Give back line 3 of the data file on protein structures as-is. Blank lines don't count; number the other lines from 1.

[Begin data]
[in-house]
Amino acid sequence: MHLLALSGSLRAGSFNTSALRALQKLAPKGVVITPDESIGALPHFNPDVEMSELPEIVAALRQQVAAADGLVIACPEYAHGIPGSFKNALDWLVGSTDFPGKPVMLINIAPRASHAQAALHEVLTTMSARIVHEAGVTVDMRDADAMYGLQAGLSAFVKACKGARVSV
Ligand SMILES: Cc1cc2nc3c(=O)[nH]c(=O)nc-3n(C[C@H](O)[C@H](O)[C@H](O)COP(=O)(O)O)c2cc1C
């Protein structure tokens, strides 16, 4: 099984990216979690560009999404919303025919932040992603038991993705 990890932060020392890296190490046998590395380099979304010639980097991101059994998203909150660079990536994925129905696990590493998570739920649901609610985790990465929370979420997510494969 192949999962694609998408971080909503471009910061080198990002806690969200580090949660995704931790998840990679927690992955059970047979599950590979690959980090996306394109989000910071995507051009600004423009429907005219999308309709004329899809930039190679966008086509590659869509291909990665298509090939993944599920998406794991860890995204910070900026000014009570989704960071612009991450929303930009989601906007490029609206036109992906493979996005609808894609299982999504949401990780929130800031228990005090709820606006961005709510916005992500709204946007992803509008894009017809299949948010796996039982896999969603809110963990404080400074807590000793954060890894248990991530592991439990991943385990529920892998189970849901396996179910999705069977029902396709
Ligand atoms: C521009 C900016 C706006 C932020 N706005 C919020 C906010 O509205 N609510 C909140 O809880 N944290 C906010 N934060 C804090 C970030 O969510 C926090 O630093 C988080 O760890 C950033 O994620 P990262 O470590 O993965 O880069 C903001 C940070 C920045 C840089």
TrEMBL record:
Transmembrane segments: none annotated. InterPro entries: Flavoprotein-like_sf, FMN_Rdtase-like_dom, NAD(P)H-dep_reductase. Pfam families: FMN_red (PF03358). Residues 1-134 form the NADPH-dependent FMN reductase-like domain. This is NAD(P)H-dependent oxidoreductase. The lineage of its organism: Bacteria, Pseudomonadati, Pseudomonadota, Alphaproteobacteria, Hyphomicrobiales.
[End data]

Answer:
Ligand SMILES: Cc1cc2nc3c(=O)[nH]c(=O)nc-3n(C[C@H](O)[C@H](O)[C@H](O)COP(=O)(O)O)c2cc1C